At my school there is no History of Makeup class, although I believe there should be. Women began beautifying with cosmetics and other enhancers in ancient civilizations. Of course, in 10,000 B.C.E. Cover Girl and Maybelline products weren’t around. However, all around the world, women created their own makeup; from eye shadows to lip stains to foundations these women made cosmetic products out of their natural resources. So beauties let’s take a trip back to ancient times and learn how these women influenced how we look and do our own makeup today!
When I think of Egypt the first person that comes to my mind is Cleopatra. Looking at pictures of her you can see even she liked to play up her eyes and lips! Egyptian women made their own cosmetics out of natural products, such as copper, lead, ore and malachite to add more of a lively color to their face. The most notable product, for both men and women, was kohl. When applied to the eyes kohl, a blend of metal, led, copper, ash, and burnt almonds, added the almond shape and dark eyes Egyptians are famous for.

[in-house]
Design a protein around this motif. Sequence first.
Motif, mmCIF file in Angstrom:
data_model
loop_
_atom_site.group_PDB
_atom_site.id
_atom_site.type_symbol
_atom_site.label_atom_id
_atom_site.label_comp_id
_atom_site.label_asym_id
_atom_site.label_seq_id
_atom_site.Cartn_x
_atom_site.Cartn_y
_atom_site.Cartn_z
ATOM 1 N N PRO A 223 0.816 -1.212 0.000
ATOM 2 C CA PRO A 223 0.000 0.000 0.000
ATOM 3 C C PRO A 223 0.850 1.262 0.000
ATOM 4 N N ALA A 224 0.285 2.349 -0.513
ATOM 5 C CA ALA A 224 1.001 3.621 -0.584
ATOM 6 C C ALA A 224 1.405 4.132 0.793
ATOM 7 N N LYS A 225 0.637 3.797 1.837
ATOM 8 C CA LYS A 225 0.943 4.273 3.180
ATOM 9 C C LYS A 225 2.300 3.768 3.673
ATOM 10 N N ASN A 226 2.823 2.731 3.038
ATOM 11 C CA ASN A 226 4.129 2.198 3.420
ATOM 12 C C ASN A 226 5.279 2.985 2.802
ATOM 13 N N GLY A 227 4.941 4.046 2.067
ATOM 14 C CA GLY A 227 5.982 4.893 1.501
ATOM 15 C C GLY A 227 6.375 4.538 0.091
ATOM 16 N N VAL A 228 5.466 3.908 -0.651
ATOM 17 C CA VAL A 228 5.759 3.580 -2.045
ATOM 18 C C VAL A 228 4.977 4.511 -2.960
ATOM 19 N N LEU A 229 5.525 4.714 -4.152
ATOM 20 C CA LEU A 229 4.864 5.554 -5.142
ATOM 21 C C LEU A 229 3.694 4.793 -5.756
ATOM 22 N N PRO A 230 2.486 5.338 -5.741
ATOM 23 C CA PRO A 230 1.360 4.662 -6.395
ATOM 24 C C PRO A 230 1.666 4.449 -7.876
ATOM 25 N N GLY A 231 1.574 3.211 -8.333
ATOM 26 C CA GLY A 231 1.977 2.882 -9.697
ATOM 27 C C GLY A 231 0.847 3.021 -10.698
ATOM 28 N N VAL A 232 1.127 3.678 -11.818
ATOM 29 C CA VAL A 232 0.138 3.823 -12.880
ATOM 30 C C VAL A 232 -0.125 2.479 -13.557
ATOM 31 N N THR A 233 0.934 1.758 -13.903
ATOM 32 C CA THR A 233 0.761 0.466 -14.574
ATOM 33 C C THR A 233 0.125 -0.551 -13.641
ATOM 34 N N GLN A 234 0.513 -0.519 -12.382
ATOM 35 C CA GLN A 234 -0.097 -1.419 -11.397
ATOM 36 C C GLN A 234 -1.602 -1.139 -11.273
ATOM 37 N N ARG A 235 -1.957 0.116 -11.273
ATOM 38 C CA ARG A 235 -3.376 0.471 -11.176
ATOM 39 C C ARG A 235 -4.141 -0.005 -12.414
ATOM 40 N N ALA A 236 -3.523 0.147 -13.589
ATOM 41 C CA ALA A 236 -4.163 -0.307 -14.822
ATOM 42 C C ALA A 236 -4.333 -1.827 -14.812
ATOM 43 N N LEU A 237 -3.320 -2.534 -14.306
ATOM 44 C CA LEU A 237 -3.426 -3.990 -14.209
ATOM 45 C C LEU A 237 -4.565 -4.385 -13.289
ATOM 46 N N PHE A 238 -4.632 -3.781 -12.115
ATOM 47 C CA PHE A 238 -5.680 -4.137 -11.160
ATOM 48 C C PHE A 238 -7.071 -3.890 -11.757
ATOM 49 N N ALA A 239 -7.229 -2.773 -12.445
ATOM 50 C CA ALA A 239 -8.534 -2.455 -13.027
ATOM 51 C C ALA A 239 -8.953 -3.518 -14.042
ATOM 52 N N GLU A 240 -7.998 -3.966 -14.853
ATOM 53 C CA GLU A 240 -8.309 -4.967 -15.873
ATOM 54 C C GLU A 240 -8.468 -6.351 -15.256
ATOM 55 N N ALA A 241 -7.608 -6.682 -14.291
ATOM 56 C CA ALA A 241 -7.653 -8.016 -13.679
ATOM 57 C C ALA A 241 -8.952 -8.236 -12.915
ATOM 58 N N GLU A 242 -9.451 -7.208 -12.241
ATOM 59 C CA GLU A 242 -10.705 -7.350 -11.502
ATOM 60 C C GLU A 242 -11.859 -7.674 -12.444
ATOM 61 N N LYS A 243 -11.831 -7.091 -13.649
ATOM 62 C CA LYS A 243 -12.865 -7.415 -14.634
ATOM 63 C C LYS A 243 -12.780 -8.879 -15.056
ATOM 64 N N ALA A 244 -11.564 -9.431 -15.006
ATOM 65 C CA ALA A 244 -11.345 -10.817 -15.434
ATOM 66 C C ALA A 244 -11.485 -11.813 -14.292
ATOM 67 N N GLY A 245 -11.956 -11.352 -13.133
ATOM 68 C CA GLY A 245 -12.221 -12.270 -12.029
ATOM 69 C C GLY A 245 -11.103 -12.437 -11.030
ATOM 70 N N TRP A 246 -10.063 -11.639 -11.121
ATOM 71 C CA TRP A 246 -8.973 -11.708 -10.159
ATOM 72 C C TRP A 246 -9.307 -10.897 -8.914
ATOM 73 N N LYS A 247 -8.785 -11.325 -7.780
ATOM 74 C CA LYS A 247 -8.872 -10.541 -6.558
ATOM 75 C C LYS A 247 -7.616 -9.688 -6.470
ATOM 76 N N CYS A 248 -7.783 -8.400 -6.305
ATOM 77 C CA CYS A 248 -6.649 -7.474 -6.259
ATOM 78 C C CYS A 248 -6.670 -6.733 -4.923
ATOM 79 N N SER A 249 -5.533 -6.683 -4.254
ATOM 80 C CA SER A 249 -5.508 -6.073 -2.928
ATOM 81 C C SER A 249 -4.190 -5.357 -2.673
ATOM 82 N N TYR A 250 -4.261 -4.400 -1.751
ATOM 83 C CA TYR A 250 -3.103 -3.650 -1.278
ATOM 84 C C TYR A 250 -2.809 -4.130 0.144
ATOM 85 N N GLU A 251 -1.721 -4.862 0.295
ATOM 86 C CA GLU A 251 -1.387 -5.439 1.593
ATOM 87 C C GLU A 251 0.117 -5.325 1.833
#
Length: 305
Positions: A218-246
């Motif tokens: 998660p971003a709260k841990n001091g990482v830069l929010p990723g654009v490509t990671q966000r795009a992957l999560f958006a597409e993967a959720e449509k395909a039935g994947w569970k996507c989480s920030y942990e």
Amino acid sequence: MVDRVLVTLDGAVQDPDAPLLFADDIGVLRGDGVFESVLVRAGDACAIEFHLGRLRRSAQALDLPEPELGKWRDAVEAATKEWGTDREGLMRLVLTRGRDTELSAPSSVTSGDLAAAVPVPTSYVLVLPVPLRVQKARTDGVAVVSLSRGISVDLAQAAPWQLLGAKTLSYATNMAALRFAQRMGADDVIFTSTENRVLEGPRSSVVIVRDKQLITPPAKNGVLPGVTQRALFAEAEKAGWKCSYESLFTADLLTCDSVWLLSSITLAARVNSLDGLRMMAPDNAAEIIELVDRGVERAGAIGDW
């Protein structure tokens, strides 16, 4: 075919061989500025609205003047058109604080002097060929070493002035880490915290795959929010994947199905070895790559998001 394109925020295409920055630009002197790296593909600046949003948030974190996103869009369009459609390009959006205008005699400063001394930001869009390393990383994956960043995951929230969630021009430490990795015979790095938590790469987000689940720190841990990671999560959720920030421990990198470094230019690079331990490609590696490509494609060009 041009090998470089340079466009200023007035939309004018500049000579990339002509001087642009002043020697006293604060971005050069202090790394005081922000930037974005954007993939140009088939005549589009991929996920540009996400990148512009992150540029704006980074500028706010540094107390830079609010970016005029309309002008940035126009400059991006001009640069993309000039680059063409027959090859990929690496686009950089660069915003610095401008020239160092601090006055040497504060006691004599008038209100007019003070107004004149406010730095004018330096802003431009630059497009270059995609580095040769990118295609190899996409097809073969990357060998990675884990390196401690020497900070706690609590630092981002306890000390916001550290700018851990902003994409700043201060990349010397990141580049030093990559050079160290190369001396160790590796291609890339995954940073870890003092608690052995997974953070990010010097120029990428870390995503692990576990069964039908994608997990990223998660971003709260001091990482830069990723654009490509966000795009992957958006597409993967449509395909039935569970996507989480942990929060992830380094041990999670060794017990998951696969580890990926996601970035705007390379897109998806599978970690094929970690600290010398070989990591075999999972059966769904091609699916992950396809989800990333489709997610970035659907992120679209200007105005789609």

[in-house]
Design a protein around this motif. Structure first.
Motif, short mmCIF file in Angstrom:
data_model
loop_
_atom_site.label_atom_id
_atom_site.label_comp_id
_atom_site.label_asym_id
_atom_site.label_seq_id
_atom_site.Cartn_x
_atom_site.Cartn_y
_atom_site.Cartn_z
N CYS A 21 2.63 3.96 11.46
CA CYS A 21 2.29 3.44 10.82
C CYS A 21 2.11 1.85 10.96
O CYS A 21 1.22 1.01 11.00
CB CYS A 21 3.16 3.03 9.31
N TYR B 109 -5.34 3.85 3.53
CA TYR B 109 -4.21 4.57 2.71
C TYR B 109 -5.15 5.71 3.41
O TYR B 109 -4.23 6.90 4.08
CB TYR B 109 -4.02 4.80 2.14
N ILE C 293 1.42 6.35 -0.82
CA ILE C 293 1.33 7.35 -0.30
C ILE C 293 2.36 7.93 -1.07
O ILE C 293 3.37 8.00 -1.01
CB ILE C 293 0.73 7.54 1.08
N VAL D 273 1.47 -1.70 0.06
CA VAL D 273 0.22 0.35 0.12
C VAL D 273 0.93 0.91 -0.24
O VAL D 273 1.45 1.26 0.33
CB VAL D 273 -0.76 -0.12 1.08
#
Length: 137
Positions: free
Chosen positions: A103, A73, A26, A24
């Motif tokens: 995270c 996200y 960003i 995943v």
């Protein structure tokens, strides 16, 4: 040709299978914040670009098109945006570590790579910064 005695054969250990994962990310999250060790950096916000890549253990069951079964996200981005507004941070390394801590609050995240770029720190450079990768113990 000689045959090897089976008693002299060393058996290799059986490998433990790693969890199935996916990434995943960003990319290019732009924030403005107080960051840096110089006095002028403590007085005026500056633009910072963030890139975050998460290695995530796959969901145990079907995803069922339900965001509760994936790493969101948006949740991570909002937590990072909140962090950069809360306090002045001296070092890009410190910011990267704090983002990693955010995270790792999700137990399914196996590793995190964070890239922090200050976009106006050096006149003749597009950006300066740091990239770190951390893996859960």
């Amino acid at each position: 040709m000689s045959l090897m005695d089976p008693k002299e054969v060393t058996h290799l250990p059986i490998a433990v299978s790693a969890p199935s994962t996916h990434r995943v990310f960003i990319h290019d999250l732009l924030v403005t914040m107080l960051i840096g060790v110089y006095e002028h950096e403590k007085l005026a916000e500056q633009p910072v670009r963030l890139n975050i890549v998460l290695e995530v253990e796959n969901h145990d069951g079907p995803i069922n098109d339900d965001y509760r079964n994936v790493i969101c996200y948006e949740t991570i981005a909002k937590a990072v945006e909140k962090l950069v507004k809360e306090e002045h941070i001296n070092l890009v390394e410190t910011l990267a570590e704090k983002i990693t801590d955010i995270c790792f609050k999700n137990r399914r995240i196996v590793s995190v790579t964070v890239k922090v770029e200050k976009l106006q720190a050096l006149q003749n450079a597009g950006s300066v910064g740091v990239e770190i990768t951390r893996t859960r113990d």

In Asia women were notable for their fingernails and luscious color. Chinese women stained their fingernails with secretions from plants, gel, beeswax and egg. Painted fingernails represented royalty; the Cho dynasty wore rich colors such as red, gold and silver. Similar to other ancient societies, a whiter complexion portrayed status and royalty. For a more porcelain look, Chinese and Japanese women applied a rice powder foundation to their face.
Greece is renowned for their statues. Women tried to mimic these statues by whitening their complexion with chalk and face powder made from lead. To make their lips stand out from their statuesque complexion, women smeared on lipstick made from clay mixed with red iron.
Roman women knew a thing or two about primping. Extravagant hairstyles and elegant makeup symbolized status and royalty in ancient Rome. Influenced by Egyptians, Romans applied a green dye from the stone malachite for eye makeup.
Intricate makeup is not just for the face. In India and parts of Africa women painted henna on their hands and feet. Henna is extracted from plants leaves and when mixed with water can be applied to the body in complex, yet beautiful designs for all to see.
What’s your culture famous for?
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